There's one interesting and noteworthy point about the Illuminati. They didn't actually do anything. They read certain literature and awarded each other membership levels. They had a lot of political and philosophical conversations. Mostly, they ranted to friends and prospective members about the evils of organized religion, and trawled Freemason lodges trying to recruit people. As the historian Walter Utt wrote in Liberty magazine in 1979:

...The Illuminati attracted mostly university students and junior officials exasperated against clerical regimes they saw as defending superstition and op­pression. Most drifted off shortly, find­ing little that was original or compelling in the windy and inchoate ruminations of their chiefs.

I found no references to the Illuminati ever influencing politicians, bribing officials, or taking any physical actions at all. It was really just Weishaupt and Knigge discussing and sharing their philosophies. Indeed, even Weishaupt's own written description of the purpose of the Illuminati was almost uselessly vague and devoid of pragmatism:

...A society, which by the finest and most secure means achieves the goal, to ensure the victory of virtue and wisdom over folly in the world, to achieve the most important discoveries in all areas of science, to mold its members into noble and great persons, and to ensure certain rewards even in this world for their perfection, to protect them from persecution, ill fate, and oppression, and tie the hands of any kind of despotism.

Given this vagueness of purpose, the Illuminati's lack of societal impact was virtually foreordained. The order attracted hundreds of men with its stated criticisms of cultural conventions, but neither prompted them to any action nor provided any mechanism for doing so.

The Illuminati were surprisingly short-lived. As most members were not very engaged, many were inclined to talk about it, thus violating the edict of secrecy. Secularism was unpopular in Bavaria at that time, so the existence of a secular secret society raised a bit of public ire. Negative newspaper articles were published about the Illuminati, and as they were only one of many secret societies of various types that were popular, the conservative government took action. Karl Theodor, the prince-elector and duke of Bavaria, banned all secret societies with a series of edicts from 1784 through 1790. Knigge left the order in frustration with Weishaupt, Weishaupt fled Bavaria to exile, and the government seized all the Illuminati's documents and published them, thus destroying their secrecy. The society of the Illuminati was no more.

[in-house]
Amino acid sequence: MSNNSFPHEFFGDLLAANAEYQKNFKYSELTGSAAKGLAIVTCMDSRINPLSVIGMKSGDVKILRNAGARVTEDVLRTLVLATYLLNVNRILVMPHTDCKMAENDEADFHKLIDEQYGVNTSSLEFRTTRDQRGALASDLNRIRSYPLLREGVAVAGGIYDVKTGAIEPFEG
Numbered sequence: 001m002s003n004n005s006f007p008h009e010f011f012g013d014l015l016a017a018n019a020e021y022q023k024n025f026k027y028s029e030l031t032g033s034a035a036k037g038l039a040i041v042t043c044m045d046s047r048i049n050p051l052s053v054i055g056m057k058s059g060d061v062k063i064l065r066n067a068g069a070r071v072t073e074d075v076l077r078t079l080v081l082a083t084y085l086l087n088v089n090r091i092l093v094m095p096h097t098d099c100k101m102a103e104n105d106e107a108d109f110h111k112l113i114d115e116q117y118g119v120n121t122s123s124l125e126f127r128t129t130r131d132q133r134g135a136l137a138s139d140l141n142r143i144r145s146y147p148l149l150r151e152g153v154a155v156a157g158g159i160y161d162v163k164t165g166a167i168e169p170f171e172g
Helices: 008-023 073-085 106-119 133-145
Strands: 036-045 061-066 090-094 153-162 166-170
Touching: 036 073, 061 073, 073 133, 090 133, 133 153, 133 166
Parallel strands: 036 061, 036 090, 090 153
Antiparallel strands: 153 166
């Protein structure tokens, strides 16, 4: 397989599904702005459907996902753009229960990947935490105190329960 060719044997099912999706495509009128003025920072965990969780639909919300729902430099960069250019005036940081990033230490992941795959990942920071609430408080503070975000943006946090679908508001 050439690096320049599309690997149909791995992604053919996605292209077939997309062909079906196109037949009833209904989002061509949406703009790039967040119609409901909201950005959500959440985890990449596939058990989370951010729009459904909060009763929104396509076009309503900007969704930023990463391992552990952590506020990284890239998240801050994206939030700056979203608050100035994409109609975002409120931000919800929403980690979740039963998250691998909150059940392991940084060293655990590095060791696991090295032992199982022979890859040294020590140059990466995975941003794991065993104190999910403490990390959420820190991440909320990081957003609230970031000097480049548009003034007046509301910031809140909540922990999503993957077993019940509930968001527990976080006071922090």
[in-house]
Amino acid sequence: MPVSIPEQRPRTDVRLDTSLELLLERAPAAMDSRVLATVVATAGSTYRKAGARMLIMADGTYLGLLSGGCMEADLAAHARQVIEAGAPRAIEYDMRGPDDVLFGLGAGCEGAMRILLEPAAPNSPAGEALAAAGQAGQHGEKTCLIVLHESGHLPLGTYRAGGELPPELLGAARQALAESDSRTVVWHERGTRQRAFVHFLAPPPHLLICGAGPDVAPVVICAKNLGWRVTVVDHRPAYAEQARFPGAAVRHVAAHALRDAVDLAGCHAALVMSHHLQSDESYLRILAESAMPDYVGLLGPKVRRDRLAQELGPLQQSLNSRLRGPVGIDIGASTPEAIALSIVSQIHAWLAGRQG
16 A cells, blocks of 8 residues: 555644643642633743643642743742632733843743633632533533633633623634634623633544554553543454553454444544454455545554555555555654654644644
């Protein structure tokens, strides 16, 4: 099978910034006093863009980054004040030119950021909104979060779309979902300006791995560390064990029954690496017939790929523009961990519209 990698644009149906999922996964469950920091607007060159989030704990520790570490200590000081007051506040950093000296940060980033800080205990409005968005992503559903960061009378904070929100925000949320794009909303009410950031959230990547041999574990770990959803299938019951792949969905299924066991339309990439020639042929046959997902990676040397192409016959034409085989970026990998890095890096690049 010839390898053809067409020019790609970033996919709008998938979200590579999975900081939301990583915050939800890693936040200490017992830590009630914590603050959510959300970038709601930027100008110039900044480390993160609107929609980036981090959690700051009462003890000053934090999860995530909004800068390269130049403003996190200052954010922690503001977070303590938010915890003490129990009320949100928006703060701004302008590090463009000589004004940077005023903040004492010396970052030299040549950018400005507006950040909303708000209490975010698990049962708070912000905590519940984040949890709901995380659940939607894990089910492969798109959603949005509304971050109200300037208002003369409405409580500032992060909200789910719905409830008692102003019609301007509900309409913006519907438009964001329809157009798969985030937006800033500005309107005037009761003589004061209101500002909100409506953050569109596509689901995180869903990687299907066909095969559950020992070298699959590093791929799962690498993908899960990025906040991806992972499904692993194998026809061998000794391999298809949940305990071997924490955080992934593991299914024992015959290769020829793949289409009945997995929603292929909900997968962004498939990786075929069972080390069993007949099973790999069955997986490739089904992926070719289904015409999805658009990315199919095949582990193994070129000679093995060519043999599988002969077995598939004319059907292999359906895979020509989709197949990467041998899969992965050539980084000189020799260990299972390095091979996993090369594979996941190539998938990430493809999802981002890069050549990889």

And it's at this point that the true history of the Illuminati ended, and the pseudohistory began. Some conspiracy theorists claim that the Illuminati continued in secret, and even today still control world affairs. This began almost immediately, most notably at the outbreak of the French Revolution in 1789. Two books were published that year accusing the Illuminati of being behind the Revolution: the highly influential Memoirs Illustrating the History of Jacobinism by Augustin Barruel, a conservative French Jesuit who had a major axe to grind against Freemasons and the Illuminati; and Proofs of a Conspiracy Against All the Religions and Governments of Europe carried on in the Secret Meetings of Free Masons, Illuminati and Reading Societies by the outspoken Scottish conspiracy theorist John Robison. However, today's national security analyst John Pike writes that these connections were tenuous at best:

The supposed points of connection between the Order of the Illuminati and the French Revolution were partly tangible, though decidedly elusive, but much more largely of the nature of theories framed to meet the necessities of a case which in the judgment of dilettante historians positively required the hypothesis of a diabolical conspiracy against thrones and altars.

Nevertheless, once made, conspiracy claims tend to stick; and from that moment on, the alternative literature has been liberally splattered with charges that the Illuminati have been behind just about every major world event.

This had been confined mainly to the fringes of European literature until the counterculture movement of the 1960s added an unexpected twist to our story. A writer at Playboy magazine, Robert Anton Wilson, was friends with author Kerry Thornley, who had co-written a satirical book called the Principia Discordia, the parody text for a parody religion called Discordia, which advocated hoaxing and misinformation. Wilson and Thornley began writing fake letters from Playboy readers talking about the Illuminati, and how they were behind this or that. Wilson himself would write the editor's reply, answering questions about the Illuminati and fanning the fires of suspicion that they were behind prominent assassinations and banking cartels, and confirming that the Aga Khan was their current leader.